Defence Minister Rajnath Singh’s message to his visiting Chinese counterpart General Li Shangfu, that Beijing’s violation of border agreements had “eroded the entire basis of bilateral relations”, has once again served as a reminder of how the two neighbours remain far apart in their assessments of what ails their relationship, and how to fix it. Thursday’s talks, on the sidelines of the Shanghai Cooperation Organisation Defence Ministers Meeting in New Delhi, saw both sides reiterate their respective stands on the border issue but no meeting of minds. The Defence Minister underlined India’s position that the development of ties is premised on peace on the borders. While India has continued to convey a sense of urgency to resolve the Line of Actual Control (LAC) crisis, the Chinese Defence Minister, on the other hand, called on India to “take a long-term view” and “place the border issue in an appropriate position in bilateral relations”, a divergence from India’s stand that the rest of relations is predicated on peace along the LAC. Rajnath Singh conveyed to Beijing that if normalcy is to be restored in ties, disengagement in the two remaining friction points will need to be followed by de-escalation. This includes the eventual de-induction of the estimated one lakh troops from both sides that have remained deployed in forward areas for close to three years — a situation not seen along the India-China border in more than three decades.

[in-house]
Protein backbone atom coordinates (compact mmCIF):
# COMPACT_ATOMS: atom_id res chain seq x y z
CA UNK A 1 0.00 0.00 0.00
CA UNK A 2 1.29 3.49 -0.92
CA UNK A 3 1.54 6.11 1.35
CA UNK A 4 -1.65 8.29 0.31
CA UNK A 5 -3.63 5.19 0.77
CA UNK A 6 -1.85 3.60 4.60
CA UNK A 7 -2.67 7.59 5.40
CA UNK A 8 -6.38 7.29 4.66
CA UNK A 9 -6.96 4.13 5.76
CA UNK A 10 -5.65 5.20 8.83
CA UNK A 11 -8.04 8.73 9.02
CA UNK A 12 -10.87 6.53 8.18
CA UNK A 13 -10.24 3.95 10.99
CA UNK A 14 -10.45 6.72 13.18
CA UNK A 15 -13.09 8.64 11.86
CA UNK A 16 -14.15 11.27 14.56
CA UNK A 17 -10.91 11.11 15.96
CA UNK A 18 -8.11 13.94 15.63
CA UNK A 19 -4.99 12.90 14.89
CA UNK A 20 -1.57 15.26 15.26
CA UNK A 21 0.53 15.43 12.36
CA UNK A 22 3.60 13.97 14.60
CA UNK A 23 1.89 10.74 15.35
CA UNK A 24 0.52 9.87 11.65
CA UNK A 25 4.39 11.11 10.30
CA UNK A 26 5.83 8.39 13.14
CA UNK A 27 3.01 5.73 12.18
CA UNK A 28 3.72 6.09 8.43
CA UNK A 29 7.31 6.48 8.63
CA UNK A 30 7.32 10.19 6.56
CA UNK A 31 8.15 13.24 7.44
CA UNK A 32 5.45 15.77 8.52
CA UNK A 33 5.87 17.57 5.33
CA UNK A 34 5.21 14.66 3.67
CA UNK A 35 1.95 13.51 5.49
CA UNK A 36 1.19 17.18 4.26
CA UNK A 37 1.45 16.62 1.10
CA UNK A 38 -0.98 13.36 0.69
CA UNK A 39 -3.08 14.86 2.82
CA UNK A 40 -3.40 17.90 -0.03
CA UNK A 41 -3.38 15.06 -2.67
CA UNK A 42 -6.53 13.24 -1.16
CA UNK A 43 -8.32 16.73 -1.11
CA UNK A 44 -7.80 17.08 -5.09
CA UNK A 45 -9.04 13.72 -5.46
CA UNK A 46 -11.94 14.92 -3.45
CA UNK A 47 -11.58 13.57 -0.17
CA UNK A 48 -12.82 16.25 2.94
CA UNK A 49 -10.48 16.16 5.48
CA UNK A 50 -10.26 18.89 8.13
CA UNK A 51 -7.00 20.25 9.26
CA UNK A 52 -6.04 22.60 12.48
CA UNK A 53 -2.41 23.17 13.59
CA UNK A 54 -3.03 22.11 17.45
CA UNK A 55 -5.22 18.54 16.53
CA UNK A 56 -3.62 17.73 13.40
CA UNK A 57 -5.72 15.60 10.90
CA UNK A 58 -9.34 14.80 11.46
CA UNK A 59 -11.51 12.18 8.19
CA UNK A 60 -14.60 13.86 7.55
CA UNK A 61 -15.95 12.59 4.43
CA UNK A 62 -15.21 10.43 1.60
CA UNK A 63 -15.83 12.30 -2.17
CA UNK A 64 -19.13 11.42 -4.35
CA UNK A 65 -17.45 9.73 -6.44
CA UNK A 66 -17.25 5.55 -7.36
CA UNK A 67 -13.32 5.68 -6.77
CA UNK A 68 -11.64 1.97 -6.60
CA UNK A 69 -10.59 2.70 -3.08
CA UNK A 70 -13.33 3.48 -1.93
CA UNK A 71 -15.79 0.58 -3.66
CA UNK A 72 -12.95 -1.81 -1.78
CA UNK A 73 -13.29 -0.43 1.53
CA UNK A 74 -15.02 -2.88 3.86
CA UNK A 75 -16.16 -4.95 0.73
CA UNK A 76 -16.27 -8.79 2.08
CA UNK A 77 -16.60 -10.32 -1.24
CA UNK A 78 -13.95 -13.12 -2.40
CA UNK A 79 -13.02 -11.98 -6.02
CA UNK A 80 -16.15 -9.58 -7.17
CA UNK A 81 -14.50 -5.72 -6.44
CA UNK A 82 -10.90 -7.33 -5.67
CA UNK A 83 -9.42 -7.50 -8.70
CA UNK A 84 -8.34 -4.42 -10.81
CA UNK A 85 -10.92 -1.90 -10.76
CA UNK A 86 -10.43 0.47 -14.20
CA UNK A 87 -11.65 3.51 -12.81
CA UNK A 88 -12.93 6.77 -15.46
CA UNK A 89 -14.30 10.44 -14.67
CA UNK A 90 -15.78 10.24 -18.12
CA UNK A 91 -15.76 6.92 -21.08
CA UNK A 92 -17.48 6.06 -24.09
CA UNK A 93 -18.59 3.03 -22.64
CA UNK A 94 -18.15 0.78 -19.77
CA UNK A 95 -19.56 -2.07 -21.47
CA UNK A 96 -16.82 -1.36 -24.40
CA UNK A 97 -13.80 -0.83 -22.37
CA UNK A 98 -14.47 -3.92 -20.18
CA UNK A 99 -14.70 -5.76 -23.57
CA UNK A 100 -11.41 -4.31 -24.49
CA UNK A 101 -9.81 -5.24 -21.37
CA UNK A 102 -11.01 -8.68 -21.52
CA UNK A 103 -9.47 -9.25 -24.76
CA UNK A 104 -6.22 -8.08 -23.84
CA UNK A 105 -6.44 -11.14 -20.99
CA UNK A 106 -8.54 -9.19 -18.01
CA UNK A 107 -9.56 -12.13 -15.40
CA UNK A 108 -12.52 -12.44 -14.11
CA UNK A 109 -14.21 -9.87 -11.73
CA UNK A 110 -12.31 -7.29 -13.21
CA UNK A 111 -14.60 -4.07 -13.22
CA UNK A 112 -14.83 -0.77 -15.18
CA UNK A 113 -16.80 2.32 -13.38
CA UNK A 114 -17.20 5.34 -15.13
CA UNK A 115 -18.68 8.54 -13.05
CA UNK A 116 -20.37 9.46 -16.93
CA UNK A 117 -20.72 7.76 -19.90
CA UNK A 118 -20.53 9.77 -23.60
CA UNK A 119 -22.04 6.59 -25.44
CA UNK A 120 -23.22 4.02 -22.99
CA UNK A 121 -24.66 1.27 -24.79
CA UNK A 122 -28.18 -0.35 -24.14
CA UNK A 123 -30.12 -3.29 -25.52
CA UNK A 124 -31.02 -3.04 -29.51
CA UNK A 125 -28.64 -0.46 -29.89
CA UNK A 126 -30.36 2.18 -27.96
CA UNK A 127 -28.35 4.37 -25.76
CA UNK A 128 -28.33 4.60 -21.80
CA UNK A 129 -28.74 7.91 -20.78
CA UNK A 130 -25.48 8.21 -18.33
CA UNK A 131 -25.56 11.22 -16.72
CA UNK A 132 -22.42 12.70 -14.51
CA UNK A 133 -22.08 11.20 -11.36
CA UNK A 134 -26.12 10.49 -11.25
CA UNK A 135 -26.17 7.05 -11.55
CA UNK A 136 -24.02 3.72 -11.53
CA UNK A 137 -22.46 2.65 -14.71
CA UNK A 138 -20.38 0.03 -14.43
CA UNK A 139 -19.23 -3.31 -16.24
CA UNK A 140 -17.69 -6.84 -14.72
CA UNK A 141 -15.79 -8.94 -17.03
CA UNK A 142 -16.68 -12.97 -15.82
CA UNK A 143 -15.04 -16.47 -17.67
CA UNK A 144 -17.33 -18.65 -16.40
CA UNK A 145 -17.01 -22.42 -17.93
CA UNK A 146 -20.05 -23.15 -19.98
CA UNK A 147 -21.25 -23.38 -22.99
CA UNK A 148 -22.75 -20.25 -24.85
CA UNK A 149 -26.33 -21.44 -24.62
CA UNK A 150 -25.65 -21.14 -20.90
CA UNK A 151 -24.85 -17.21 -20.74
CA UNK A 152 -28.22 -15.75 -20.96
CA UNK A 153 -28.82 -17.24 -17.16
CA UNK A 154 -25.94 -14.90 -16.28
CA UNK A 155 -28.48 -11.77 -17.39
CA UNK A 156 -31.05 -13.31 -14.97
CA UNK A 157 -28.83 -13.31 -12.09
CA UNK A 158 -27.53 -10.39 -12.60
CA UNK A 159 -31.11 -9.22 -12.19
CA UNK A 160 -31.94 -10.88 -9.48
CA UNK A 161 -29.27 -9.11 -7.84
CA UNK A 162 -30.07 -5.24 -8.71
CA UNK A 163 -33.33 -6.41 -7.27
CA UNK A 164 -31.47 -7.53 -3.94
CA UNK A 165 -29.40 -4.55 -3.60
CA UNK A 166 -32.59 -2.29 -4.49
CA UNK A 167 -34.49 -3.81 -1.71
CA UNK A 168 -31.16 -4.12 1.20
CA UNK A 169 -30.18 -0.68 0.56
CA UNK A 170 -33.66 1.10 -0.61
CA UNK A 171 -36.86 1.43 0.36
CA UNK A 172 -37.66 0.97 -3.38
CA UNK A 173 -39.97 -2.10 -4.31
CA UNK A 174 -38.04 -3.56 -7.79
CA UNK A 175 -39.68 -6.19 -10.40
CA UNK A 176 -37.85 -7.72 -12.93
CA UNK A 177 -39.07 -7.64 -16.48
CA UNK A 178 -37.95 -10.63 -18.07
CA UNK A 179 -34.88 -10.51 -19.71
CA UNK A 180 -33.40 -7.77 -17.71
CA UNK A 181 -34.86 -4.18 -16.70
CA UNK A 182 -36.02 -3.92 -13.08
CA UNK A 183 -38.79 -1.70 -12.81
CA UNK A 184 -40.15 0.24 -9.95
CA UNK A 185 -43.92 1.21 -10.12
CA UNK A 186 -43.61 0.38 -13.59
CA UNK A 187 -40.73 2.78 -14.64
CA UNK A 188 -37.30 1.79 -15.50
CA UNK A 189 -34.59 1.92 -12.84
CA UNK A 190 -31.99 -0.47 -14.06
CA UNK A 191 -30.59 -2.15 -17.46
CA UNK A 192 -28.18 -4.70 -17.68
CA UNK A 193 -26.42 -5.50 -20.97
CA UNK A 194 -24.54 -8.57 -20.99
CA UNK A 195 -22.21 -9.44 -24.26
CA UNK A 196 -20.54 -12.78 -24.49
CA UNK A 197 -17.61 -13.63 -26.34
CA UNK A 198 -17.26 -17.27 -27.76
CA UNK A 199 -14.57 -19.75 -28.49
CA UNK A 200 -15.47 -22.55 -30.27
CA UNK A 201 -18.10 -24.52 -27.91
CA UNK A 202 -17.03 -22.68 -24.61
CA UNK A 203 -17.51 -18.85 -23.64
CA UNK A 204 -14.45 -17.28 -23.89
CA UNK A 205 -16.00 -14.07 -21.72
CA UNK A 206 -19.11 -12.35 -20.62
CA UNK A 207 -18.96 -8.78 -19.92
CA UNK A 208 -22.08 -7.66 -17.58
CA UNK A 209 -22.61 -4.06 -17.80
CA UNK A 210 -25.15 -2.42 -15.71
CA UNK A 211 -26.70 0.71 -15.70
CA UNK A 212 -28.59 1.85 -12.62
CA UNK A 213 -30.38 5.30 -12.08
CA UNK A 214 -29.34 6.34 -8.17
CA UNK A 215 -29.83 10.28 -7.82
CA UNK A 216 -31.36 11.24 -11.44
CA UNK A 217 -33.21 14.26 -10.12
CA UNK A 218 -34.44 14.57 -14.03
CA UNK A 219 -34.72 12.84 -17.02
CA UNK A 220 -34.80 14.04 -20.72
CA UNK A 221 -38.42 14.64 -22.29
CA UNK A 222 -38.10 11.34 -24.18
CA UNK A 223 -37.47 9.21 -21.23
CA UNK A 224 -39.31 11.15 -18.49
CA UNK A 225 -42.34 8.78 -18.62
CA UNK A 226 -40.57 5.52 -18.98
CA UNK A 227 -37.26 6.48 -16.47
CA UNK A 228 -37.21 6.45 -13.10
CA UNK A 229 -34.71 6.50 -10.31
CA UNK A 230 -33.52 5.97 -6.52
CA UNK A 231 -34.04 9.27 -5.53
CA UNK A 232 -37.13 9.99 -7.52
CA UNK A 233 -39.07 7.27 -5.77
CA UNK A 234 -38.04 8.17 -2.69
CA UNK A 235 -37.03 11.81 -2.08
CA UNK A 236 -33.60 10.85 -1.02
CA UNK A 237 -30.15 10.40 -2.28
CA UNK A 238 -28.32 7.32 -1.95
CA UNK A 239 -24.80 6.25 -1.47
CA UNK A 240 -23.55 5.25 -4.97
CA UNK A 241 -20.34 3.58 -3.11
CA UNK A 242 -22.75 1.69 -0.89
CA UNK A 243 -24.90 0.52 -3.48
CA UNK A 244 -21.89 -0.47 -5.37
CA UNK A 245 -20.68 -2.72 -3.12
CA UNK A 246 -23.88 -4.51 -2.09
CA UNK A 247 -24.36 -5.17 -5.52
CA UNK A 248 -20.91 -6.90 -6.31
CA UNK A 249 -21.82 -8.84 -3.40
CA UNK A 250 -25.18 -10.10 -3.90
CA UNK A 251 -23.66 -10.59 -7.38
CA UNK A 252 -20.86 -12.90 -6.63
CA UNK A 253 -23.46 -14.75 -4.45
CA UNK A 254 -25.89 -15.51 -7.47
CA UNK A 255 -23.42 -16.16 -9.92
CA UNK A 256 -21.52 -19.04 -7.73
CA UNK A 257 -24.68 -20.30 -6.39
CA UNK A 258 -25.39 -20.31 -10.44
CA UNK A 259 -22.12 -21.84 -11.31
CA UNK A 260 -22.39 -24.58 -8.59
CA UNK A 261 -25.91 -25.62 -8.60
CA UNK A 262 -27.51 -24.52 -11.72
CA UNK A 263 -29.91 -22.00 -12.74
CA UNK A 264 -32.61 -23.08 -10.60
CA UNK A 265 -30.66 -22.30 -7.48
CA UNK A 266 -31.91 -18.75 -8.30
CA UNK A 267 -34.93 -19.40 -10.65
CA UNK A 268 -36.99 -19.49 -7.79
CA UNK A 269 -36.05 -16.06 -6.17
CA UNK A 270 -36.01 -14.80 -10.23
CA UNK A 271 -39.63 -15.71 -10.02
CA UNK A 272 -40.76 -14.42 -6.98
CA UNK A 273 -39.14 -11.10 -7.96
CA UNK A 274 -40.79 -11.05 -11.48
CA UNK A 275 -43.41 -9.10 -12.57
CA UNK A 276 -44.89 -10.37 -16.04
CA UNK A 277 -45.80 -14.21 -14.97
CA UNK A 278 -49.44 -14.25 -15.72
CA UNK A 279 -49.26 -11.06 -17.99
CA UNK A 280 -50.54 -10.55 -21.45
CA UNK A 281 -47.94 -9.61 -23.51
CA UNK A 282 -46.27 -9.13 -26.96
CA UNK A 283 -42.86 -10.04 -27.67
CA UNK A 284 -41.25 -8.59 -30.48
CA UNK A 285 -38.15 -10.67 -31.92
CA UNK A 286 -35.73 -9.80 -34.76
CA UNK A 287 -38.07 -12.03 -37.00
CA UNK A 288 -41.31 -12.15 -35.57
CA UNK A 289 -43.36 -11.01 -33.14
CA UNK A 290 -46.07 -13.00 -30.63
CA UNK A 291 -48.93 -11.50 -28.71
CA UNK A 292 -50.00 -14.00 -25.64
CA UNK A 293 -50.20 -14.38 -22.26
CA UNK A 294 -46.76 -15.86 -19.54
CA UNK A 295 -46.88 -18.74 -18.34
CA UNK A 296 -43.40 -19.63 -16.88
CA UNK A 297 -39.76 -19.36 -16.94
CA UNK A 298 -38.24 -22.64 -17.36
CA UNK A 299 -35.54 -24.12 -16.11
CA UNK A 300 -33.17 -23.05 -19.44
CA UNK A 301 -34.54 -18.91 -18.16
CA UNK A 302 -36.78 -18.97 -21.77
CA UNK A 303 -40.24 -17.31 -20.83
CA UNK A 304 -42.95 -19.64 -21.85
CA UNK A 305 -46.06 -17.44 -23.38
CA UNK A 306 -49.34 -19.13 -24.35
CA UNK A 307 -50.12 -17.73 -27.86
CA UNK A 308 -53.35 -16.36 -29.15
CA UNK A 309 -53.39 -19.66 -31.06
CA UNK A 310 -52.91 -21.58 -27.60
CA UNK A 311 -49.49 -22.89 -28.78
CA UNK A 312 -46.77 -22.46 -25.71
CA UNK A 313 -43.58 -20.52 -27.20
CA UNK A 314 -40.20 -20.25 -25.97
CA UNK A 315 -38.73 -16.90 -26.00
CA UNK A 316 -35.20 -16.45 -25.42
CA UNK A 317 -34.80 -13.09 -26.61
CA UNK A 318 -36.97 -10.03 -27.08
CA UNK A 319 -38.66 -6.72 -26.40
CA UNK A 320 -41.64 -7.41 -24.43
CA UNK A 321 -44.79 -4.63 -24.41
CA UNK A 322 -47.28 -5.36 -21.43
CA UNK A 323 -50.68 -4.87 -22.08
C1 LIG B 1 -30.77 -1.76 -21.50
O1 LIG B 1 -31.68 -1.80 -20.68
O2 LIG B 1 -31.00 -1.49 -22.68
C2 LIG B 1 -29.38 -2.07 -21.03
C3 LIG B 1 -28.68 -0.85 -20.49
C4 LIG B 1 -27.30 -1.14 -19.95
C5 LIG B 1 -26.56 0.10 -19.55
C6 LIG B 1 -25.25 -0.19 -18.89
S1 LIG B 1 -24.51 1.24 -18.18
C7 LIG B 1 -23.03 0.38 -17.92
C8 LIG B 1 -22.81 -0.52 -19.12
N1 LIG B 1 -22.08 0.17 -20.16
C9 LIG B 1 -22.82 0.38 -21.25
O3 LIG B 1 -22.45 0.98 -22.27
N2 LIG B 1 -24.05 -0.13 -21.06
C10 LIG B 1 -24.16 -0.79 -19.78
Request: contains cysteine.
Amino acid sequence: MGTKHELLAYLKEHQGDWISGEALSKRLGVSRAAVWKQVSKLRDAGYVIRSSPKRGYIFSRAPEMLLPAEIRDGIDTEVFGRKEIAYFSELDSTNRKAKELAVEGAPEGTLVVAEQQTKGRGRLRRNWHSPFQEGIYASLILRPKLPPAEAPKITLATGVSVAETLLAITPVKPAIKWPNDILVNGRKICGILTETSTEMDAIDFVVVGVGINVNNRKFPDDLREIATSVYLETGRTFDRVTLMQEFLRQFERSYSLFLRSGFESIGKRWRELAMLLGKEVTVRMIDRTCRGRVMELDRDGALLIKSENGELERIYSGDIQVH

The disengagement process has itself been long and tortuous. Over the past three years, buffer zones have been established in some of the five friction areas where the two sides disengaged. In two other areas, Demchok and Depsang, Beijing has dragged its feet, slowing down the initial momentum of the Corps Commander meetings. The 18th round, held days before the Chinese Defence Minister’s arrival and after an unexplained four month-delay following the previous round, did not yield a joint statement, suggesting stark divergences remain on how to move forward. De-escalation, meanwhile, remains a far-off prospect. This new normal along the LAC, with large deployments in close proximity as well as an on-going race to build more forward infrastructure, appears here to stay, leaving the borders in what the Indian Army Chief has described as a “stable but unpredictable” state. Regardless of Beijing’s wishes to downplay the seriousness of the border situation and relegate it to an “appropriate” position, managing the LAC should certainly remain the priority for both sides to prevent the recurrence of the clashes of 2020. India and China cannot restore normalcy in relations under the shadow of lingering unpredictability on the borders.